Maryland Gov. Parris N. Glendening (D) wants to offer low-interest mortgages to teachers who buy homes in their school districts, as a recruitment and retention incentive at a time of growing teacher shortages.
Aides to the governor emphasized yesterday that the proposal is not official yet, because they are still exploring some possible legal or tax hurdles to the program. But state officials already have sold $25 million in bonds to make the loan money available. If such a program is created, they said, they could offer a first round of loans to 200 to 300 teachers hired next year.
"We want a commitment that they'll stay, and a commitment to the community" they teach in, said Glendening's spokesman, Mike Morrill.
A robust economy and wave of baby-boomer retirements have created a record number of job openings in Washington area school systems and boosted competition for teachers. The shortage of math and science instructors is particularly acute, because many teaching candidates have been lured away by higher-paying jobs in booming technology fields.
While districts across the country have offered signing bonuses and preserved retired teachers' pensions to lure them back into classrooms, the proposed loan program would place Maryland among the first in the country to sweeten the offerings with such an incentive.
State officials cite the importance of competitive salaries and compensation since public schools anticipate having to hire 11,000 teachers by 2001, though Maryland teacher colleges produce only about 2,500 new teachers a year.
Glendening spoke about the housing loans yesterday during a meeting at which state and local school officials discussed solutions to the growing teacher shortage. State officials noted some steps already taken to address the shortage. Last spring, the General Assembly approved a new scholarship for students who promise to teach in Maryland and a $25 million package of signing bonuses, stipends and mentoring programs for new hires.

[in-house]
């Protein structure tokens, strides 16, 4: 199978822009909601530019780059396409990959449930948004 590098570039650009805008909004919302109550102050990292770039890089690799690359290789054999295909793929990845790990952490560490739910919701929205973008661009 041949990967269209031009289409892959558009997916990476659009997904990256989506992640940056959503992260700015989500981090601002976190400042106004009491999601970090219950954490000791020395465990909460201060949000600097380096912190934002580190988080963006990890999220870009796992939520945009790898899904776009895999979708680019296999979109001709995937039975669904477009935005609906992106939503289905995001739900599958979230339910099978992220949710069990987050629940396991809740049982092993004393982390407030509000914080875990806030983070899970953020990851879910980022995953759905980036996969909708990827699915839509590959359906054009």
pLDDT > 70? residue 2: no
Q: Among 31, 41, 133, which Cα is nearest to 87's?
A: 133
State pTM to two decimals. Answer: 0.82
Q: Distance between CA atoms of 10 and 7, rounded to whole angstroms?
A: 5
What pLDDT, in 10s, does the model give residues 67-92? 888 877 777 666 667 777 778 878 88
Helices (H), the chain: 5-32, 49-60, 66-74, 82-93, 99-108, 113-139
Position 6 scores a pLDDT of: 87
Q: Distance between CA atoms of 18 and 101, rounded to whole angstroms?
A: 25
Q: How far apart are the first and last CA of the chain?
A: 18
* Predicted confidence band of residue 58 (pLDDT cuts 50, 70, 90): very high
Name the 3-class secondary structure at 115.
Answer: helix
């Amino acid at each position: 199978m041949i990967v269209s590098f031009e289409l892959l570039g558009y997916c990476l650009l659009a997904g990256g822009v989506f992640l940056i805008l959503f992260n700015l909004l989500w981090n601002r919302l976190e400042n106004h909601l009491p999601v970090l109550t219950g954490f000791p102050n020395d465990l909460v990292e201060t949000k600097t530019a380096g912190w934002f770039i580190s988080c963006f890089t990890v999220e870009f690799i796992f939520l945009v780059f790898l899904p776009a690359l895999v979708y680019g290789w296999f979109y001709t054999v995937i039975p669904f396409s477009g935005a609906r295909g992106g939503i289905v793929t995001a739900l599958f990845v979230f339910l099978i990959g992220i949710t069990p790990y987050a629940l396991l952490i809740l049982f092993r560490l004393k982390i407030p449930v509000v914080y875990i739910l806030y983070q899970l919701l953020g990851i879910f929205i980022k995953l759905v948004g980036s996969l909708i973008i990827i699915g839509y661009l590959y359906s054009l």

State Superintendent of Schools Nancy S. Grasmick is asking the governor and the legislature for an additional $15 million to provide almost all new teachers with a mentor to help them during the crucial first years, when many newcomers quit. She also is urging an expansion of alternative licensing to open the door to more young college graduates or career switchers with no formal background in education.
But Glendening said yesterday that "we are not doing enough" to attract highly qualified people into the teaching profession, which he said is crucial to preparing children for an increasingly competitive work force.
His housing loan proposal was the only new one offered by state officials yesterday. Some other districts have made similar offers. Mississippi legislators passed a bill last spring to offer low-interest loans to help teachers build homes in rural, low-income school districts. Baltimore offers new teachers $5,000 toward a down payment on a house in the city.
Glendening's plan would build upon a federal program that allows states to sell bonds to offer low-interest loans to first-time middle-income home buyers, or to people buying homes in low-income neighborhoods. The teachers would have to buy homes within the enrollment area of the schools where they work.
Morrill said the governor's staff is uncertain whether federal regulations would allow them to require teachers who receive such mortgage loans to live within a certain area. Also, state officials are exploring whether they can require recipients to stay in their teaching jobs--or if they can rescind the low-interest rates extended to teachers who leave the schools.
Morrill said if the initial loan offers are a success, the state would consider selling more bonds to offer more loans.
The proposal was warmly received by state and local schools officials at the meeting. Mildred Hudson, acting chief executive officer for Recruiting New Teachers, a Massachusetts think tank, said such loans are "short-term measures."
She said school districts need to focus on longer-term efforts, such as helping classroom aides gain their full teaching credentials, and making classroom jobs more rewarding careers.
CAPTION: Superintendent of Schools Nancy S. Grasmick seeks money to provide mentors for new teachers.